America's missing NUKES: How US has LOST three bombs since 1958 (and that's ... trends now

America's missing NUKES: How US has LOST three bombs since 1958 (and that's ... trends now
America's missing NUKES: How US has LOST three bombs since 1958 (and that's ... trends now

America's missing NUKES: How US has LOST three bombs since 1958 (and that's ... trends now

Somewhere at the bottom of the Philippine Sea rests an undetonated hydrogen bomb with around 70 times the power of the one dropped on Hiroshima.

The 1965 disaster which saw the weapon sink to the bottom of the sea is just one of at least three cases where the U.S. lost nuclear weapons

According to some sources, the number could be as high as six, and that does not account for those lost by other countries.

At least three bombs have been lost around the world (Picture: DailyMail.com)

At least three bombs have been lost around the world (Picture: DailyMail.com) 

USS Ticonderoga

USS Ticonderoga

Since 1950, there have been several dozen 'Broken Arrow' incidents involving the accidental launch, theft or detonation or loss of US nuclear weapons.

They include the 1980 Damascus Incident in rural Arkansas where a nine-megaton weapon was thrown from its silo by a fuel explosion.

But only three cases of nukes going missing have been documented. 

One of the lost nuke cases involved a one megaton B43 thermonuclear bomb that vanished during the Vietnam War after a freak accident in the Philippine Sea.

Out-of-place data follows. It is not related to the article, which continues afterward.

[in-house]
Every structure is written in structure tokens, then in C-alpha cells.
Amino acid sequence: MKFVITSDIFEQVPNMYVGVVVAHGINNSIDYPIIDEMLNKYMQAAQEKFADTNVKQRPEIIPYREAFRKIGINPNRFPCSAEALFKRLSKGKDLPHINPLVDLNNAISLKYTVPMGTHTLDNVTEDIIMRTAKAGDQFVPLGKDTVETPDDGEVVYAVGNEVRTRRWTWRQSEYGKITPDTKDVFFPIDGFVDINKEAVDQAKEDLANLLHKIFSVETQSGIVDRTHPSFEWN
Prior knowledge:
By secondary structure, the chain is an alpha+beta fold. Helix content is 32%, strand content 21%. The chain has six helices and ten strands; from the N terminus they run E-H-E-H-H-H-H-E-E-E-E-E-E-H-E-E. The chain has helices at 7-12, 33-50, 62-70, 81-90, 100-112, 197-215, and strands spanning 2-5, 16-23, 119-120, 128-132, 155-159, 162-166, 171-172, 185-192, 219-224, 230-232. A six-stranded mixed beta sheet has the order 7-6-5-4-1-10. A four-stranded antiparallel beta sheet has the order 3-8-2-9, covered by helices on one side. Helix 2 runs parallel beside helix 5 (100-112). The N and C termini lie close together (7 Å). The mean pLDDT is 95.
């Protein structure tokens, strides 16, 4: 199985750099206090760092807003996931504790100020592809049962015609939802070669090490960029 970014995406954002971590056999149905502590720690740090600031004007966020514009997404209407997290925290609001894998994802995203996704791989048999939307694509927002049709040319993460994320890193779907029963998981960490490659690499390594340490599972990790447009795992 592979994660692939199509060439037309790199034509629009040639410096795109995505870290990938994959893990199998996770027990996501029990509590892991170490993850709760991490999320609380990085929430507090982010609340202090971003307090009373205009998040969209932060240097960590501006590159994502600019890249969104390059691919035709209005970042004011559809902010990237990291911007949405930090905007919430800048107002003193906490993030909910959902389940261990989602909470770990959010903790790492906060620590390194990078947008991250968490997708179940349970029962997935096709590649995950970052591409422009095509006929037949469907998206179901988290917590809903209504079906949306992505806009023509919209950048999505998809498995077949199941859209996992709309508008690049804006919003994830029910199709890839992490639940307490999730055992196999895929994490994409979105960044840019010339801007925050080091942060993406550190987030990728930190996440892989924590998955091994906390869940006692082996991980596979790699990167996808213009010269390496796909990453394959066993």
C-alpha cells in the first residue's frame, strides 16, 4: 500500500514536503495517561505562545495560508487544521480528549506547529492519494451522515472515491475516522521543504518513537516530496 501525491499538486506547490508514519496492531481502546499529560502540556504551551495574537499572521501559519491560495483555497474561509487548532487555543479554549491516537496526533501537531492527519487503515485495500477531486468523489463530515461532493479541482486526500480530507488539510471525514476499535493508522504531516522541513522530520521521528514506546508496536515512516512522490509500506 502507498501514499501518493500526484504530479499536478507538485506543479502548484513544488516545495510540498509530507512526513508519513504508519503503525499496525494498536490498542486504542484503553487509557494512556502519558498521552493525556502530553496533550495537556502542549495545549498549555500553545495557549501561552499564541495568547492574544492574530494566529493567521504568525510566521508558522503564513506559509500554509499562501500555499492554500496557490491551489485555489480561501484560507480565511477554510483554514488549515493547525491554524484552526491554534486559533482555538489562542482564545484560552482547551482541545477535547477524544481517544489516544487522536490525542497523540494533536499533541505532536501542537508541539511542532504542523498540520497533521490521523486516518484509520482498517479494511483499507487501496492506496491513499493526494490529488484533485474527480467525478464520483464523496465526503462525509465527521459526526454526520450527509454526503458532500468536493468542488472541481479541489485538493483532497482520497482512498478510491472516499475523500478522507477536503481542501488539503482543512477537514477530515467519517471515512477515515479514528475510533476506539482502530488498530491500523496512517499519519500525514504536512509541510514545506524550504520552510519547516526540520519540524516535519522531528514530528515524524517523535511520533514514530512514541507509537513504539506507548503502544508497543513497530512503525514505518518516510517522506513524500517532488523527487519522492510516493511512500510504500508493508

The bomb was being carried by a Navy A-4E Skyhawk that tried to land on board the carrier U.S.S. Ticonderoga in 1965.

As it docked on the aircraft elevator, it began to roll relentlessly as servicemen whistled, shouted and tried to block its tires.

The pilot on board, Lieutenant Douglas Webster, the plane, and the plane's cargo have not been seen since.

Retired Chief Petty Officer Delbert Mitchell, U.S. Navy, who worked as an aviation ordnanceman aboard the Ticonderoga, told Naval History that he and the other ordnancemen, 'saw the Skyhawk suddenly hit the end of the elevator and fall overboard.

'We never saw Lieutenant Webster after he climbed into the cockpit or knew what efforts he might have attempted to get out of the Skyhawk, but we were stunned to witness a plane, pilot, and nuclear weapon fall into the ocean.

'We watched helplessly as the attack plane and pilot sank into the abyss, the ship continuing to move forward. It was horrifying to watch a human being die before our very eyes, powerless to save him.'

A B43 bomb similar to the one which went missing

A B43 bomb similar to the

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